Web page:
Amazon customers are raving about Tressa Middleton’s heartbreaking new memoir Tressa: The 12-year-old Mum.
Since it was published two weeks ago, Tressa’s book has received nothing but five star ratings and glowing reviews from customers of the online bookseller.
One reviewer, calling herself mpg, wrote: ‘Beautifully written. Tressa, you are so brave to share your story, you are an inspiration. I hope that one day you are reunited with your daughter and I wish you all the happiness in the world.’
Linzi Beattie wrote: ‘Eye opening read. Just goes to show you should take what you read in the media with a pinch of salt. Never judge a book by its cover. Very brave lady.’
While Debbie Watts wrote: ‘I could not stop reading this true story. It tells of an unhappy childhood in and out of care. Being placed back with her mother done her no good at all. It highlights the failings of social services. I am pleased that Tressa has started to get her life back on track. Excellent reading.’
Tressa herself has received hundreds of Facebook messages from well-wishers supporting her decision to tell the truth about her tragic background.
Tressa was raped age 11 by her own brother and subsequently gave birth to Annie when she was just 12 years old. Nobody knew the truth about the abuse and Tressa, though just a child herself, was vilified in the national press. Finally, aged 14, Tressa found the courage to tell her carers the identity of the father and Jason Middleton was jailed for rape in 2009.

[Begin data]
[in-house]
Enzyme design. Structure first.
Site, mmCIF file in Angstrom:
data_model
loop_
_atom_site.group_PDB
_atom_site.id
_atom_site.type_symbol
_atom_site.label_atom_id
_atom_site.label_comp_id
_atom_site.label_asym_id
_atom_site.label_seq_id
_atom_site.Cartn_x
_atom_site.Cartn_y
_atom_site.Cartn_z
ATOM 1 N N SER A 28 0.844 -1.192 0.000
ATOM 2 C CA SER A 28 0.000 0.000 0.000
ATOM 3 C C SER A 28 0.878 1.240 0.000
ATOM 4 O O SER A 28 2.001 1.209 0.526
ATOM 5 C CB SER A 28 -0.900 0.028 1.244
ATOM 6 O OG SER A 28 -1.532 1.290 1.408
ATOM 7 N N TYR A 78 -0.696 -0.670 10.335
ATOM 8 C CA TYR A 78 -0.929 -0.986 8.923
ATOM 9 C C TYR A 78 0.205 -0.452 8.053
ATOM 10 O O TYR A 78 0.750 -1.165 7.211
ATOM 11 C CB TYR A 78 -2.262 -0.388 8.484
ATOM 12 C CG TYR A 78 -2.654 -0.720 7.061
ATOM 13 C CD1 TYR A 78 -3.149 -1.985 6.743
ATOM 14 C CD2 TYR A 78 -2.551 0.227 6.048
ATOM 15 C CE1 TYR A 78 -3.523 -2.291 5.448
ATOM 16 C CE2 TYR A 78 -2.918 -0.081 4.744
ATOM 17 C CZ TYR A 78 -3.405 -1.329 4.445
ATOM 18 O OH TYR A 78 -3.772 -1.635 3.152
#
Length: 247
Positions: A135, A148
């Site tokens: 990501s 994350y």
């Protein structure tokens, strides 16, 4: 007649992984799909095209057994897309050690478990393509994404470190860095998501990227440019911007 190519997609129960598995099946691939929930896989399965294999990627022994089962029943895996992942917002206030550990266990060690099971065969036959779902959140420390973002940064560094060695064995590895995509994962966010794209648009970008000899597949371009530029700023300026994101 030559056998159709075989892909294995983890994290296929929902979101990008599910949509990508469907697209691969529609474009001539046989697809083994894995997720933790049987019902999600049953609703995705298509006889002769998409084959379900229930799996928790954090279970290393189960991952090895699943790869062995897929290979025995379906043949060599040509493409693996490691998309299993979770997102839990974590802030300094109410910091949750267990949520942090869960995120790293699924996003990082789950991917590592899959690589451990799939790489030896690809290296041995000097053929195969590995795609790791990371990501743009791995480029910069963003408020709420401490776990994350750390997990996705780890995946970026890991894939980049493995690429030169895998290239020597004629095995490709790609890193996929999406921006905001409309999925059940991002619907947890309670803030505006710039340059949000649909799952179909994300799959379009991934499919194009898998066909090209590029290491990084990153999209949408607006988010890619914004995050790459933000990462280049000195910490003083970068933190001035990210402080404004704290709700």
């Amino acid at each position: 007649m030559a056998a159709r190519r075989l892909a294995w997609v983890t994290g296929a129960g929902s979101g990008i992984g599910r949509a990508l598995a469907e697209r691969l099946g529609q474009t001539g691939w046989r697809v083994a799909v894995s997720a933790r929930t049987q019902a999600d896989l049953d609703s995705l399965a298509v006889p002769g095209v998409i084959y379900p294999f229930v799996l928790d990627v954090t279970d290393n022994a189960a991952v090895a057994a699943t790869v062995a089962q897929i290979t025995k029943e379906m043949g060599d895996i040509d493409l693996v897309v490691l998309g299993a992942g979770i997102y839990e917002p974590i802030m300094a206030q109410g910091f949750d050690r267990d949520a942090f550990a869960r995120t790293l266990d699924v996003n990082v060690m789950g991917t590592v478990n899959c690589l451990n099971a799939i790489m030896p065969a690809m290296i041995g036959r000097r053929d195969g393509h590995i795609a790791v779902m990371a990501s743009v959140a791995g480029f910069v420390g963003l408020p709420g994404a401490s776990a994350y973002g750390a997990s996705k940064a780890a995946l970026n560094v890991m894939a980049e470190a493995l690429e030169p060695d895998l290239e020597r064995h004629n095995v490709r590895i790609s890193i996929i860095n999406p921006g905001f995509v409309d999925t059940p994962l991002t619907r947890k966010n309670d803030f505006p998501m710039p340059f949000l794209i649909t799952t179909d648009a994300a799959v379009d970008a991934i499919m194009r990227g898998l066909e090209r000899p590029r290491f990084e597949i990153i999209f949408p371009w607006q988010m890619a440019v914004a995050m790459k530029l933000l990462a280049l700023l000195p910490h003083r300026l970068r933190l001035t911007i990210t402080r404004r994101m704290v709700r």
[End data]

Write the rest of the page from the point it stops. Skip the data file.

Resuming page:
But the pain and trauma proved too much for Tressa, who became depressed and suicidal, which led to Annie being adopted aged two years old.
Since then Tressa, from Bathgate in Scotland, has overcome drug addiction and suffered the loss of her own mother, but now she is determined set the record straight and to reach out to other victims of abuse.
‘The response to my book has been amazing,’ says Tressa, now 21. ‘I never imagined for a moment that I’d get so many people supporting me, people interested in reading my story, hearing my side of things. I’ve found it particularly comforting that people who have themselves been adopted have got in touch to tell me not to worry and that they don’t hold any bad feelings towards their own birth parents. It’s been so wonderful and I’m grateful to everyone who has bought the book and written nice things about me. I hope it encourages other young people to speak out about their suffering and to share their pain. I wish I had told someone sooner what Jason was doing to me. But I can’t change the past – I’m looking to the future now and hoping I can make a difference in somebody else’s life.’
You can read Tressa’s story here: http://www.amazon.co.uk/Tressa-The-Twelve-Year-Story/dp/1784183768